France rounds on Ghosn as government calls for his ousting from Renault

Fallen chief of Nissan and Mitsubishi faces final humiliation as his position at French car maker looks doomed

(FILES) In this file photo taken on January 6, 2015 then President and CEO of Japan's auto company Nissan Carlos Ghosn, gestures during a press conference in Rio de Janeiro. Lawyers for former Nissan boss Carlos Ghosn on January 17, 2019 appealed a decision by a Tokyo court to refuse him bail as he faces charges on three counts of financial misconduct. / AFP / Yasuyoshi CHIBA
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France is turning on Carlos Ghosn almost two months after his shock arrest in Tokyo, eliminating one of the car titan’s last potential allies within the global auto alliance he has held together for almost two decades.

The French government has called for Mr Ghosn’s dismissal as chairman and chief executive of alliance member Renault, which refused to follow partners Nissan and Mitsubishi Motor in sacking the fallen car star shortly after he was detained on November 19. France is the largest investor in Renault, which was caught unawares when Japanese prosecutors acted on allegations of Mr Ghosn’s financial misconduct over years at Nissan.

“We are entering now a new phase,” Finance Minister Bruno Le Maire told LCI Television. “In this new phase we need a new and durable governance for Renault.”

French officials - among them a Renault board member - arrived in Tokyo to discuss the future of Renault’s partnership with Nissan. Mr Ghosn’s shock arrest at Tokyo’s Haneda airport has jolted the world’s biggest auto alliance, raising questions over whether their partnership will survive his downfall.

Renault’s board will probably meet in coming days to replace him, sources said earlier. The board was spurred into action by Mr Ghosn’s failure this week to win bail, which points to a lengthy incarceration and would prevent him from carrying out his roles at Renault, they said.

While his lawyers on Thursday appealed the latest bail rejection, they have previously acknowledged that he may stay in custody until his trial, which could be six months away.

Mr Ghosn has been indicted for understating his income at Nissan by tens of millions of dollars and transferring personal trading losses to the car maker. Nissan has also accused him of misusing company funds, including over homes from Brazil to Lebanon and hiring his sister on an advisory contract. The executive has said he’s innocent and has called the accusations “meritless and unsubstantiated”.

French officials are visiting Tokyo to discuss the future of the alliance between the car makers, government spokesman Benjamin Griveaux said earlier in Paris. The state’s priority is to defend the “stability” of the partnership and the jobs it provides, he said.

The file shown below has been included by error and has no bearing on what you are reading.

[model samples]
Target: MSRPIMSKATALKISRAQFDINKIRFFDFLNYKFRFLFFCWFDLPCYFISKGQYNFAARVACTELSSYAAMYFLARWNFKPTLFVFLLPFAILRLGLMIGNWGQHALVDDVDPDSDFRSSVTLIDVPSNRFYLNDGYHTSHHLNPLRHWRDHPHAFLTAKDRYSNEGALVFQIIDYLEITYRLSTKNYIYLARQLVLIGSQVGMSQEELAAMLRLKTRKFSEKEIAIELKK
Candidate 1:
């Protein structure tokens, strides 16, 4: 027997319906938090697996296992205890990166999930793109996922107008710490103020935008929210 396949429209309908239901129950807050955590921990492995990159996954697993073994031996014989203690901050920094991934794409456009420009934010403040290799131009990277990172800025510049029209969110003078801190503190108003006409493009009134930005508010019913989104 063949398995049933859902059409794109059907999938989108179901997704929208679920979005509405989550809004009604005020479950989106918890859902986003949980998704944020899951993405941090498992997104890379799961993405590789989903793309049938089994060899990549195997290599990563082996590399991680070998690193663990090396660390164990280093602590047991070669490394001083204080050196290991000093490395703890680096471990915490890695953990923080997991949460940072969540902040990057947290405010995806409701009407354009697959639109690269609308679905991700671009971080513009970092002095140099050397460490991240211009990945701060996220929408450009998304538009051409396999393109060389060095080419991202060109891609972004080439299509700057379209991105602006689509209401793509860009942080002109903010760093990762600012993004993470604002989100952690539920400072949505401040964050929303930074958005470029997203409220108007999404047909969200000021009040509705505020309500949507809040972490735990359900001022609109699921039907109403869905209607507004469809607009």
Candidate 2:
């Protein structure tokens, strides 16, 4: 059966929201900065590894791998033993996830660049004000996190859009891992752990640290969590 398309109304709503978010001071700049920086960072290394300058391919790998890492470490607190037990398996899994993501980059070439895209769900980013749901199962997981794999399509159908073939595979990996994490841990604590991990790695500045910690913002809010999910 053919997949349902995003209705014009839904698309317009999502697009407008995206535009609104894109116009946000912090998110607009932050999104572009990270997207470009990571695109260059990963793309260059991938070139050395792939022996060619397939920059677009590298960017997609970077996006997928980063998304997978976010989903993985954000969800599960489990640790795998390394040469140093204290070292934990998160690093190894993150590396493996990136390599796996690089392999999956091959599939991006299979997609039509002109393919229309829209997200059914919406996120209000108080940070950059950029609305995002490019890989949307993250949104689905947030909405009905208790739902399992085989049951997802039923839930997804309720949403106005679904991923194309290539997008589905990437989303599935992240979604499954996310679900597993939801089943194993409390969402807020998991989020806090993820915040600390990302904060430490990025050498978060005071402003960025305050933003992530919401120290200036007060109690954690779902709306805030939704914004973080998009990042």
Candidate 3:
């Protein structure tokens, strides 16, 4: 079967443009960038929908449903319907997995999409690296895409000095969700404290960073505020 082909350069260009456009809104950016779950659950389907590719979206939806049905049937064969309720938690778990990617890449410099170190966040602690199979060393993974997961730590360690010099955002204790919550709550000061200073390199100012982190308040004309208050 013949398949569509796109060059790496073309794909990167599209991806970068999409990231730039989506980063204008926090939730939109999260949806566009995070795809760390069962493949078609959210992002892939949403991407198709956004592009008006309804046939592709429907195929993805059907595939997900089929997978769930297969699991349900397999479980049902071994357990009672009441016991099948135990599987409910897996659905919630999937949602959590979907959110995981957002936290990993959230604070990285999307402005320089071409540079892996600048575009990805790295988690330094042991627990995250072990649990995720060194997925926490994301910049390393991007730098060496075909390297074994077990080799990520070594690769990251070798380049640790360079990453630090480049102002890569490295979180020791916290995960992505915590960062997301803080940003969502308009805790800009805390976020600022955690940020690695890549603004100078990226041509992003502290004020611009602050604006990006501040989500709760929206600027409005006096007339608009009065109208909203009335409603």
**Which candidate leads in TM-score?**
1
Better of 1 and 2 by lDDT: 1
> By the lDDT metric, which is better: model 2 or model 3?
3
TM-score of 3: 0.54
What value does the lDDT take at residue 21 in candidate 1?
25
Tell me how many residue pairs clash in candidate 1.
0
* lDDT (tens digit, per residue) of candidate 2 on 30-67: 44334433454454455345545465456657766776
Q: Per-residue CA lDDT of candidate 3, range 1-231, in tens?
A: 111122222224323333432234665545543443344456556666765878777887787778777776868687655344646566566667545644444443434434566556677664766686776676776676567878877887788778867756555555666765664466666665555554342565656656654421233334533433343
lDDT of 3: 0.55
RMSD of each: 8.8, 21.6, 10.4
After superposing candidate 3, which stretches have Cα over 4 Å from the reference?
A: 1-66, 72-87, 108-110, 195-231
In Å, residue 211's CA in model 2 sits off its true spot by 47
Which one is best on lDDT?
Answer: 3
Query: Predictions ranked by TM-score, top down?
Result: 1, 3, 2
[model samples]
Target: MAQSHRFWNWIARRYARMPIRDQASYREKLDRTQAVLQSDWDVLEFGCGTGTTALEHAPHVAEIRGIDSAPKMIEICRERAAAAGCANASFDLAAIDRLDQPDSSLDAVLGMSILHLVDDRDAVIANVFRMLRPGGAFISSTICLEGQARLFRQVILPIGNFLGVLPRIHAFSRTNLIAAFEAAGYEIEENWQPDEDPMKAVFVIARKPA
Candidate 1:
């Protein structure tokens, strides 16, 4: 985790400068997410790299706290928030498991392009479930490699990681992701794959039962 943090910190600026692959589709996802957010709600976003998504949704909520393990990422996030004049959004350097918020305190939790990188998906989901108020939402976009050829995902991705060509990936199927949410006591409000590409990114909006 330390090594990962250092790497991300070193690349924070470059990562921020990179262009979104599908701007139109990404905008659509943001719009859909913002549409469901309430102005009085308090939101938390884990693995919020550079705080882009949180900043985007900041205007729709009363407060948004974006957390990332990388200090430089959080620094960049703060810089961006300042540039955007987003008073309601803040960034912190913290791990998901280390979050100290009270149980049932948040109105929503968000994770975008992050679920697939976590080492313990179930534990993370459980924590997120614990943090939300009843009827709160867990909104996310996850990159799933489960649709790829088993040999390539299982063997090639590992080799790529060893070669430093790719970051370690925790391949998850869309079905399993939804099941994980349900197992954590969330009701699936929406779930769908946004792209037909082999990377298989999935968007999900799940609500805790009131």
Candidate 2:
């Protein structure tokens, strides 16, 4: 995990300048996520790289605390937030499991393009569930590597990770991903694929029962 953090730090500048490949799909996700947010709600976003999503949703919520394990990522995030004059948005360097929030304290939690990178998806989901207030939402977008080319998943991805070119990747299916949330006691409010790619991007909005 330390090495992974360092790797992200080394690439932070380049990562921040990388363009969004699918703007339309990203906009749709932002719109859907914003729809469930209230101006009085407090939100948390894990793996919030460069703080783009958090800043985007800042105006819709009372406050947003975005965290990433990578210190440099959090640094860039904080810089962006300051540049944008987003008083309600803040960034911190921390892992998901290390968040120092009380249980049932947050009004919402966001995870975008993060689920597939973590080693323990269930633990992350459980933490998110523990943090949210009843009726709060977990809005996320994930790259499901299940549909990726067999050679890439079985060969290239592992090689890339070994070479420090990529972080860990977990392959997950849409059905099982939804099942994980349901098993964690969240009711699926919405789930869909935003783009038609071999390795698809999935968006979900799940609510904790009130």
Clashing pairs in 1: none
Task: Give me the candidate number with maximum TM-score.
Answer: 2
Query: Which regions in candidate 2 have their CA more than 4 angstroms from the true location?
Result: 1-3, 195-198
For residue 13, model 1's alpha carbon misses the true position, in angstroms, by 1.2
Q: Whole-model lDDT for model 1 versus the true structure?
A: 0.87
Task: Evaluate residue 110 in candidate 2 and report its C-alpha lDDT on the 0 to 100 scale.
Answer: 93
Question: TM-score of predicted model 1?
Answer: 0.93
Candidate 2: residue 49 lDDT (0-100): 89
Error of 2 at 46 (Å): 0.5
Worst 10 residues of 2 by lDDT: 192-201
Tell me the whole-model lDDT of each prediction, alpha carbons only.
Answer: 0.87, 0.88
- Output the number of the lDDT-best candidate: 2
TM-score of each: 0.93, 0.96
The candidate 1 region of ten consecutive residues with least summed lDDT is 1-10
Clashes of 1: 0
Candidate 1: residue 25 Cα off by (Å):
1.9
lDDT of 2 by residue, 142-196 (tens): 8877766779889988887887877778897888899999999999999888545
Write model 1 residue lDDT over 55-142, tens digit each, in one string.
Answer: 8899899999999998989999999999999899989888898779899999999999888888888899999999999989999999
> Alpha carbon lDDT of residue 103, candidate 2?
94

The delegation includes Martin Vial, who heads the agency that oversees French state shareholdings and sits on Renault’s board, and Emmanuel Moulin, Mr Le Maire’s chief of staff, a ministry spokesman said.

Renault and the French state had cited the principle of presumed innocence in backing Mr Ghosn, while Nissan and smaller alliance partner Mitsubishi removed him as chairman. Accusations against him mounted this week, including a reported €7 million payment (Dh29.26m) from a Dutch entity named NMBV that is part of the manufacturing partnership he assembled between the three car makers.


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Nissan chief executive Hiroto Saikawa was interviewed in the French press this week, defending his efforts to remove Mr Ghosn and seeking to downplay the portrayal of the saga as a power struggle. Mr Ghosn’s arrest created a climate of suspicion between the companies.

While both firms have repeatedly said they are committed to the alliance, Nissan has long been unhappy about what it considers an outsized French role in the partnership. Renault has a 43 per cent voting stake in Nissan, which in turn owns just 15 per cent of the French company, with no voting rights.

Some Renault board members have concluded that a decision on Mr Ghosn’s position is needed fast, one of the sources. There’s no way he can stay in charge of Renault, no matter how the legal saga ends, the source said.

“Renault must realise Ghosn had stepped beyond what is appropriate,” said Janet Lewis, a Tokyo-based auto analyst with Macquarie. “Too much power would appear to have accrued to one person, so it is important to try and develop a leadership team that can continue the work of the alliance.”

A spokesman for Renault declined to comment on any possible changes in governance at the car maker.

A spokesman for Nissan reiterated the company’s internal investigation uncovered “substantial and convincing evidence of misconduct”. The spokesman declined to comment on managerial decisions at Renault. Mr Ghosn’s lawyers, represented by Motonari Otsuru, had no comment.

The state has called for a Renault board meeting in the next few days, Mr Le Maire said. Interim chief executive Thierry Bollore’s mandate could be made more permanent, while Michelin CEO Jean-Dominique Senard is the leading candidate to become chairman, a source told Bloomberg.

Others under consideration include senior Toyota executive Didier Leroy and Elior boss Philippe Guillemot, another source told Reuters.

Elior has denied Mr Guillemot was a candidate, but acknowledged he may have been considered.

Mr Le Maire, asked about Mr Senard, described him as a “great industrial manager”.